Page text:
October 9, at 16.00, room A101
Open Lecture by Jan van Boeckel
Art and Sustainability Education in an Age of Uncertainty and Climate Fear
Jan van Boeckel will give a presentation on fostering attention through arts-based open-ended approaches in an age of ecological emergency and radical uncertainty. If we are to respond adequately to the rapid and deep changes taking place in the world in our current times, we may need to envisage a very different type of education. Not one that is predominantly based on knowledge transfer, but a kind of teaching and learning that foregrounds engaging with radical uncertainty. In more open-ended modalities of education, learners tend not to know on forehand what the outcomes and expected deliverables will be. Such approaches may cause a sense of unease because of a presumed lack of control, of missing framing guidelines and clear target objectives. It is exactly in this space of vulnerability that it is essential that learners feel that their educational experience is safely contained and held by teachers and facilitators. A way of achieving this may be through employing arts-based approaches. Through such practices of artful exploring (for example together with a group of students) a sense of excitement, of curiosity and wonder may be prompted.
One of Van Boeckel’s key areas of interest is in educational activity as primarily and fundamentally an open-ended process. The outcome is not given, though the participants follow certain sequential steps which frame the process. Through teaching and hands-on doing, it aims to promote understanding of interconnected systems – both biological and cultural. Van Boeckel contextualizes this form of arts-based environmental education by valuing it as a form of ‘poor pedagogy’, as articulated by Jan Masschelein. Such practice is expressive of a view on education that is not about the transmission of knowledge but rather is a way of attending to things (Tim Ingold). It is also ‘weak pedagogy’, in which is foregrounded what Gert Biesta regards as ‘the educational imperative’: to arouse in another human being the desire to exist as subject, in dialogue with the world. For him this means being ‘in the world without occupying the centre of the world’, trying to exist in dialogue with what and who is other.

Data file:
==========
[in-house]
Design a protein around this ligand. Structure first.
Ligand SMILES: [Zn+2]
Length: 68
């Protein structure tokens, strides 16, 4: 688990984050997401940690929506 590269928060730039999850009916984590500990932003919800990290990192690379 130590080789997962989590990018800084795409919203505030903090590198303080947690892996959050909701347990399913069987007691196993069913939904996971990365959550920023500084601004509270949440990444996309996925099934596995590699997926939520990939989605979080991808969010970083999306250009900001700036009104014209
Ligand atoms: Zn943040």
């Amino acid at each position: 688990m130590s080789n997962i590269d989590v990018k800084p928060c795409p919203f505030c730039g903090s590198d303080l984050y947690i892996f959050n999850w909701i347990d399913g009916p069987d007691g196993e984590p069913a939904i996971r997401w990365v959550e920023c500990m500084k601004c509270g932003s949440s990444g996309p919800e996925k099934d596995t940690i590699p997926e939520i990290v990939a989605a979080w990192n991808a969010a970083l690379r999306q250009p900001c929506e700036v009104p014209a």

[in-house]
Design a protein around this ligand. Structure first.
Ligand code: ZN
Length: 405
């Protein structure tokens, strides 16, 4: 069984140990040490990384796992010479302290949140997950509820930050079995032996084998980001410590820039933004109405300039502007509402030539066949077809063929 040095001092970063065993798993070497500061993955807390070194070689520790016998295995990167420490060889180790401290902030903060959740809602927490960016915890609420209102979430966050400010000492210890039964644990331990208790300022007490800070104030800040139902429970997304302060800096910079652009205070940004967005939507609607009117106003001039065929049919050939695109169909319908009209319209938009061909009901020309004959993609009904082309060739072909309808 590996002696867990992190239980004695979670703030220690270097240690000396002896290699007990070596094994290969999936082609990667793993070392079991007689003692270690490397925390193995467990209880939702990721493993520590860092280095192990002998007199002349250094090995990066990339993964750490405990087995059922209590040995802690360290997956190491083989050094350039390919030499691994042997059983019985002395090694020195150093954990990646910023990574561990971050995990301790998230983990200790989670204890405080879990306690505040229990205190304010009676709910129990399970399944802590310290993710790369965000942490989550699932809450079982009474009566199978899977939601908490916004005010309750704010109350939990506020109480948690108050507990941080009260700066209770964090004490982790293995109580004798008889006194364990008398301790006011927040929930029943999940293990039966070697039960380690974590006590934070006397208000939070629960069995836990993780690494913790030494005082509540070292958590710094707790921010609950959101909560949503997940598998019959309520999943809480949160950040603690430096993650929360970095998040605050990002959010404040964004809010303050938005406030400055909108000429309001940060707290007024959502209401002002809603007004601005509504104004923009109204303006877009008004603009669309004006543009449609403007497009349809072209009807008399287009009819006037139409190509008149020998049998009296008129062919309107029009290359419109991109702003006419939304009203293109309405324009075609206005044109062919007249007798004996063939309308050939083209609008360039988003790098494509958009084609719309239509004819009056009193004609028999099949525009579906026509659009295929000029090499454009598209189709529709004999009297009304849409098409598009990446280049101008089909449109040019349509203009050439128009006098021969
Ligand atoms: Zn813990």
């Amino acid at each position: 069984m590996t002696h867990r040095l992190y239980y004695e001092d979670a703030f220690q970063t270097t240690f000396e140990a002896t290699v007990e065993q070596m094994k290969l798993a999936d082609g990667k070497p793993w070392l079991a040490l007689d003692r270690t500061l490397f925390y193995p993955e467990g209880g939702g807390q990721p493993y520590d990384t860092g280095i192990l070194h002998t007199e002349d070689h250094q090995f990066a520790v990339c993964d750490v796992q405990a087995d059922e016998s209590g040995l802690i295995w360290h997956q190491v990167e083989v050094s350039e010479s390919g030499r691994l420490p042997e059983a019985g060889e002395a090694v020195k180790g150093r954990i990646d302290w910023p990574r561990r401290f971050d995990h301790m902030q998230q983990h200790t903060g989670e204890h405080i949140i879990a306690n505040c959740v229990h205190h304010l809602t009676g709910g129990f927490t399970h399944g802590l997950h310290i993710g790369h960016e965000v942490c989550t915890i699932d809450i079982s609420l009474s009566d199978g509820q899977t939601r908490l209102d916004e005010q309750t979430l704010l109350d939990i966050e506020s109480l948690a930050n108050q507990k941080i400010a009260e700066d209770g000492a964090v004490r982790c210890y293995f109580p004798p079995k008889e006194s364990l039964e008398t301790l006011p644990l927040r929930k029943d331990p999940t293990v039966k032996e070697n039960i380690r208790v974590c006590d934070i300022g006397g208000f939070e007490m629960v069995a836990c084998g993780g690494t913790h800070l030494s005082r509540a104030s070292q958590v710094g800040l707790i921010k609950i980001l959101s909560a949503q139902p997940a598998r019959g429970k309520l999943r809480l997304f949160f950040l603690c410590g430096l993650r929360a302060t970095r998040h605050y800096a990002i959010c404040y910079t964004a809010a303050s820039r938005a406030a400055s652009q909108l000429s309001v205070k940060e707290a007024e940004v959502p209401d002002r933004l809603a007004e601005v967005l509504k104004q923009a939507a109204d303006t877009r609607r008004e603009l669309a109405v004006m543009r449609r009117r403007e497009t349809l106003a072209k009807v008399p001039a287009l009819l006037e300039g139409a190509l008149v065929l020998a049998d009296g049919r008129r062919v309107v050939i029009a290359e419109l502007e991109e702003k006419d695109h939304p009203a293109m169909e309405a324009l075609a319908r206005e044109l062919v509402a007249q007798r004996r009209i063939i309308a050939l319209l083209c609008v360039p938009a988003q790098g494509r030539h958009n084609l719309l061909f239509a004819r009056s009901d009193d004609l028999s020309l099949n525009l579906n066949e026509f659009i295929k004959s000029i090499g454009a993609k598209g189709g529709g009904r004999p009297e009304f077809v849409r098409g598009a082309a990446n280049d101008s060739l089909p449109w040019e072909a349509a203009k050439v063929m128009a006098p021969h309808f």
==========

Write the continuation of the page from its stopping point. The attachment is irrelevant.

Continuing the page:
Exactly because artistic activities and research, as part of this kind of education, aren’t prima facie linked to urgent themes such as climate change – that they may lend possibilities, affordances, to take up such subjects in new ways. For, on a meta-level, they can also be seen as exercises in facing complexity, uncertainty, not-knowing, and of discovering and forging new relationships between phenomena and processes, in ways that are often far from obvious. Van Boeckel suggests that it is precisely this element of sustainable education (Stephen Sterling) we need, if we are aiming to equip new generations with skills to live in ‘postnormal times.’
Jan van Boeckel is an artist and art educator who has worked for many years on the intersections of art, education and ecology. He was professor in art pedagogy at EKA from 2015 until 2018. Before he was a teacher at the Iceland University of the Arts and other places. In academic year 2018-2019 Jan worked as senior lecturer in art education at the University of Gothenburg in Sweden and as visiting lecturer and teacher on the themes of art, sustainability and climate leadership at the Centre for Environment and Development Studies (CEMUS) in Uppsala, also in Sweden.
More info: www.janvanboeckel.wordpress.com
The lecture is in English, attendance free.